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Ambitious title. Way too ambitious actually because some of you will have heard a few of them, and others may rightfully chide me for not including their own favorites. However, the comment thread is long ... so have at it. I have seen one comment thread in this place that ran 8000 comments, so you will not run out of room.

When the British Invasion happened in the sixties, the result was a bit like the invasion of American TV shows in the UK, that started around the same time. America got to enjoy the very best, and some of the not-so-good British pop music, and the UK got I Love Lucy, among others.

Somewhere under that pinnacle of production, both on vinyl and celluloid, existed everything from the sublime to the ridiculous. What I am going to try and do here is show you ten songs that the Brits kept to themselves. They all come from the time I was growing up, and they all have something to commend them, even if you have to look quite hard to find it sometimes.

It is also quite hard to find good material that was popular in the UK, but is much less well know here, yet music that you might actually enjoy. One problem is that we do have quite similar tastes.

You gave us the Disco Duck, and we returned the compliment with The Beatles, the Rolling Stones, The Who ....

I'll try though.

First up is a song that sold eight million copies, and went #1 just about everywhere on this planet, Mars and Jupiter, but topped out in 1982 at #62 in the US Billboard Top 100. What is wrong with you people??

Words - FR David

So, I hear ya. Soppy romance is just not your thang. Let's move along.

Many of you will be familiar with Benny Hill. His TV Show sold around the world, popular for both his whacky humour and scantily clad girls. It might possibly be the single most politically incorrect TV series of all time, yet still plays regularly on cable. Benny Hill was much beloved by British audiences, but you might not know that in 1971 he had a #1 hit single:

Ernie (The Fastest Milkman in the West) - Benny Hill

Roger McGough is an English poet with a wonderful line of poetry that appeals to both adults and children alike. He co-wrote Yellow Submarine for the Beatles, and in the sixties was a member of the pop group The Scaffold. I met Roger McGough in 1981. He gave a poetry recital at the small Student Union when I was in college. We spent the rest of the night in the bar!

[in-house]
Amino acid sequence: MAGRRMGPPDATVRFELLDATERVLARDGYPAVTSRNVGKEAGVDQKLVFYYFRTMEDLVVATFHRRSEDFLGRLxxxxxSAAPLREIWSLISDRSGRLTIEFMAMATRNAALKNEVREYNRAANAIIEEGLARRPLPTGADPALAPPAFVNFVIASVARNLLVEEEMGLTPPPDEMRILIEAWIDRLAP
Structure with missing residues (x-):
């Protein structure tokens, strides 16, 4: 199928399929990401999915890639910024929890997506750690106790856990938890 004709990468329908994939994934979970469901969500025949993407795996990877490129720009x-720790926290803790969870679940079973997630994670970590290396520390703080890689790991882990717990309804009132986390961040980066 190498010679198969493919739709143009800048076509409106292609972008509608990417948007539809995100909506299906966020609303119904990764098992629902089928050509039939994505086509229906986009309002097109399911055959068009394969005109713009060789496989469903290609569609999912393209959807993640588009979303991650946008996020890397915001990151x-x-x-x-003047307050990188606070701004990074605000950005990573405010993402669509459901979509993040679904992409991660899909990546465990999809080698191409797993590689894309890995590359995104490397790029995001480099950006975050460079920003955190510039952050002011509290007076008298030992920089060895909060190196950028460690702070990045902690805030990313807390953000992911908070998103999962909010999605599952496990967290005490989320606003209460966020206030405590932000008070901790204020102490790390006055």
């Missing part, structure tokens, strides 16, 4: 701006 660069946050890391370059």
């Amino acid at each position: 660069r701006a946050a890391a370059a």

The Scaffold had a #1 with this song in December 1968. It was a childhood favourite of mine:

Lily The Pink - The Scaffold

Another favourite of British kids is an Australian artist and TV presenter called Rolf Harris. His children's television work is known to everyone who has watched British TV in the last fifty years or so, and he has also cut quite a few records. Usually they have a comic twist like his unmissable rendition of Stairway to Heaven. By far the most successful song was, however, this darkly emotional piece hiding under the guise of a catchy tune:

Two Little Boys - Rolf Harris

Leapy Lee was a little known pop singer in England until, in 1968, he had one massive hit with the following song. I was nine years old and my Mum bought this for me. I played it until it wore out. US kids were not quite so lucky. The song did have some minor success in the Billboard and Country Charts, but if you blinked you were quite likely to have missed it.

Little Arrows - Leapy Lee

Bob Geldof and The Boomtown Rats are justly famous for Don't Like Mondays, a song Geldof wrote following the school shooting at Grover Cleveland Elementary School in San Diego, California on 29 January 1979. That song was a global hit, and Geldof later became famous for his work with Live Aid. But there was more to the Boomtown Rats than that one well-known song. This is one of my favourites from that period.